So let me first praise the inventive, imaginative, very original part of Nichols’ career. He was a founding member of the Compass troupe in Chicago, along with May and Shelley Berman. The Compass preceded the Second City — by the time that moniker came around, Berman and Mike & Elaine had decided to pursue separate comedy careers. 

Berman, of course, became one of the first great modern standups, while Nichols and May were the first modern comedy team (read: their material was not dependent on them playing the same characters over and over — in fact they never repeated the same characters, something that would be verboten in today’s franchise-friendly comedy universe).

Nichols and May were part of a wave of American comedy that also included Jonathan Winters, Mort Sahl, and the one and only Lenny Bruce. Together the group were dubbed “sick comics” because they regularly dealt with grim topics and they depicted homespun, “all-American” topics in a wry, knowing, utterly sarcastic and sardonic way. As with the utterly timeless “Mother and Son” sketch from N&M:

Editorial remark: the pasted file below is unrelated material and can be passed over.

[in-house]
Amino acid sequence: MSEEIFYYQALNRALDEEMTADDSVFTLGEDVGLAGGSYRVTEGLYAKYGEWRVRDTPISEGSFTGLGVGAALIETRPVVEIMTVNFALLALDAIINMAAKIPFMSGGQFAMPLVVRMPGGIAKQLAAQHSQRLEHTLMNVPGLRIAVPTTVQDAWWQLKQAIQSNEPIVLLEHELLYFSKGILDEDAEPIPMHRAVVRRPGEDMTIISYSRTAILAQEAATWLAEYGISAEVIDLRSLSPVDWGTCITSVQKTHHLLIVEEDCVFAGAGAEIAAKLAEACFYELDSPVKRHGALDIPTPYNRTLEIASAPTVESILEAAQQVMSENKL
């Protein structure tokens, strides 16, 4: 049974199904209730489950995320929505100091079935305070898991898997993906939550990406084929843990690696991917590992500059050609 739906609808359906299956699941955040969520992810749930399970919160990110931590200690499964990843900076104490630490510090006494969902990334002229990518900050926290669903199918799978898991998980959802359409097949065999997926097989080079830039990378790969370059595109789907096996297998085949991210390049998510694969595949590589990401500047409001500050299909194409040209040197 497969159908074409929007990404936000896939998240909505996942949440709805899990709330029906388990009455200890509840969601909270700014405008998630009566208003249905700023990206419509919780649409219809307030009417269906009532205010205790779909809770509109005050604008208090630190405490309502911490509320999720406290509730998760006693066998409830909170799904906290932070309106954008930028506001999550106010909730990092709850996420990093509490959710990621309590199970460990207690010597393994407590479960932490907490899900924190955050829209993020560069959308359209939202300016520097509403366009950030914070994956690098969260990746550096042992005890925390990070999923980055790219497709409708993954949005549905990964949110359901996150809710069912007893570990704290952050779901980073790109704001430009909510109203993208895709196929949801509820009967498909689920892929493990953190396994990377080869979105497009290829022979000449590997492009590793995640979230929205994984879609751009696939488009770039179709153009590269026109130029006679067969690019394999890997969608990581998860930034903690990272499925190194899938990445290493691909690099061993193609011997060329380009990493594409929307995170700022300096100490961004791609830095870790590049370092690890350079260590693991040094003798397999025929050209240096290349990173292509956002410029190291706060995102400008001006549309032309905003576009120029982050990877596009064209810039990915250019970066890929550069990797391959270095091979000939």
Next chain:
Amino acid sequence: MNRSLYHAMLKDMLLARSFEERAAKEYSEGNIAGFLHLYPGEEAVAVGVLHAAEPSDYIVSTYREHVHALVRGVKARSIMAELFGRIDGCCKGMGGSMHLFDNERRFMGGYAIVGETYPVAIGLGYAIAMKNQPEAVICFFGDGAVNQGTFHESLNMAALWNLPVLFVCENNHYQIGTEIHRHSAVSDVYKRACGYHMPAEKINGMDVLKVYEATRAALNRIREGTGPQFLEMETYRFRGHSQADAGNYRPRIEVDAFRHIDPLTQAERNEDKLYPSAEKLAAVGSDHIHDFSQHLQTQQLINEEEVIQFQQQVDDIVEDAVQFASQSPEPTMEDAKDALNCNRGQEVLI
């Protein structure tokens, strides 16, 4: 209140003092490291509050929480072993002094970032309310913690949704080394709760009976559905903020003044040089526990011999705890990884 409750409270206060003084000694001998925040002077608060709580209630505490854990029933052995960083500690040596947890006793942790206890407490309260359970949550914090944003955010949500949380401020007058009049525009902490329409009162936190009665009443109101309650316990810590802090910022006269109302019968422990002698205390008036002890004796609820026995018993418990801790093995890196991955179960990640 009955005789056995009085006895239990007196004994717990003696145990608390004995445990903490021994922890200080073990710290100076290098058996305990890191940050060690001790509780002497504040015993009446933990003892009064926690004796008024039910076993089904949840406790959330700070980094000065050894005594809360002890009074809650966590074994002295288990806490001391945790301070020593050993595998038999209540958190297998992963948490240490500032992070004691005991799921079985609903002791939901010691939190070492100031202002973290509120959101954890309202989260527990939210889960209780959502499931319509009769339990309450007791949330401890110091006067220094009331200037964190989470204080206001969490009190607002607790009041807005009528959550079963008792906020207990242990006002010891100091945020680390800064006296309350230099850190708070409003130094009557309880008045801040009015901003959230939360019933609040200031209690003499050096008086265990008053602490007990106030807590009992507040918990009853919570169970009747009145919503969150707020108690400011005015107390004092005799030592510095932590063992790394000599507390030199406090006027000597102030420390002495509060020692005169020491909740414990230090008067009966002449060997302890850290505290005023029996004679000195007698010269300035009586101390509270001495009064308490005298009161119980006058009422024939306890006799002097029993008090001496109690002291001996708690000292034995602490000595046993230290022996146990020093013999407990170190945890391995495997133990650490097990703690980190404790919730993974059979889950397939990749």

While Nichols and May explored the mechanics of male-female relationships beautifully, they didn’t only play couples (or family members). Some of their best-remembered bits focus on bureaucracy and (a theme also explored by Berman) the way that one clings to any ounce of humanity one can find when dealing with bureaucracy. This is best illustrated by their “telephone routine,” a bit that the book The Compass: Improvisational Theatre that Revolutionized American Comedy by Janet Coleman indicates was created by May and Berman, thus explaining why both acts did variations on it after leaving the Compass.